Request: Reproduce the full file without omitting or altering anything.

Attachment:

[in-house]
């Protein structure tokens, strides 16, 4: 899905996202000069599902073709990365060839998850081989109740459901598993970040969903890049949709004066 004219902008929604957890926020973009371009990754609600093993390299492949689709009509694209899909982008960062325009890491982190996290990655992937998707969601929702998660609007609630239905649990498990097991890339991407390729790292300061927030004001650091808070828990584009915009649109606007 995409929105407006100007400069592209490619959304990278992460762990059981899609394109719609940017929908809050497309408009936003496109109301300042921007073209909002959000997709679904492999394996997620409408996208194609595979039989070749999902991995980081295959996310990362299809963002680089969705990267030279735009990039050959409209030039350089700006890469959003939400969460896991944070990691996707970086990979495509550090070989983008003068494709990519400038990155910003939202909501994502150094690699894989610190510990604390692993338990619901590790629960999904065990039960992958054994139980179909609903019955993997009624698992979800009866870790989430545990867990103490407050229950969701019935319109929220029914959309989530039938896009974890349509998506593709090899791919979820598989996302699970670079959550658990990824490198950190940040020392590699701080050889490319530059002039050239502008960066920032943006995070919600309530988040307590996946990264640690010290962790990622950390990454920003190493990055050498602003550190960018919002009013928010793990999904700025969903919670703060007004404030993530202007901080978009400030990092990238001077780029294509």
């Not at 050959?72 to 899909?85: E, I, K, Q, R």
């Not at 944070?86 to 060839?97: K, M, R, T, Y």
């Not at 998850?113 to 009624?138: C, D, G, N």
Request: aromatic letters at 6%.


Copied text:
[in-house]
């Protein structure tokens, strides 16, 4: 899905996202000069599902073709990365060839998850081989109740459901598993970040969903890049949709004066 004219902008929604957890926020973009371009990754609600093993390299492949689709009509694209899909982008960062325009890491982190996290990655992937998707969601929702998660609007609630239905649990498990097991890339991407390729790292300061927030004001650091808070828990584009915009649109606007 995409929105407006100007400069592209490619959304990278992460762990059981899609394109719609940017929908809050497309408009936003496109109301300042921007073209909002959000997709679904492999394996997620409408996208194609595979039989070749999902991995980081295959996310990362299809963002680089969705990267030279735009990039050959409209030039350089700006890469959003939400969460896991944070990691996707970086990979495509550090070989983008003068494709990519400038990155910003939202909501994502150094690699894989610190510990604390692993338990619901590790629960999904065990039960992958054994139980179909609903019955993997009624698992979800009866870790989430545990867990103490407050229950969701019935319109929220029914959309989530039938896009974890349509998506593709090899791919979820598989996302699970670079959550658990990824490198950190940040020392590699701080050889490319530059002039050239502008960066920032943006995070919600309530988040307590996946990264640690010290962790990622950390990454920003190493990055050498602003550190960018919002009013928010793990999904700025969903919670703060007004404030993530202007901080978009400030990092990238001077780029294509």
């Not at 050959?72 to 899909?85: E, I, K, Q, R």
């Not at 944070?86 to 060839?97: K, M, R, T, Y």
């Not at 998850?113 to 009624?138: C, D, G, N």
Request: aromatic letters at 6%.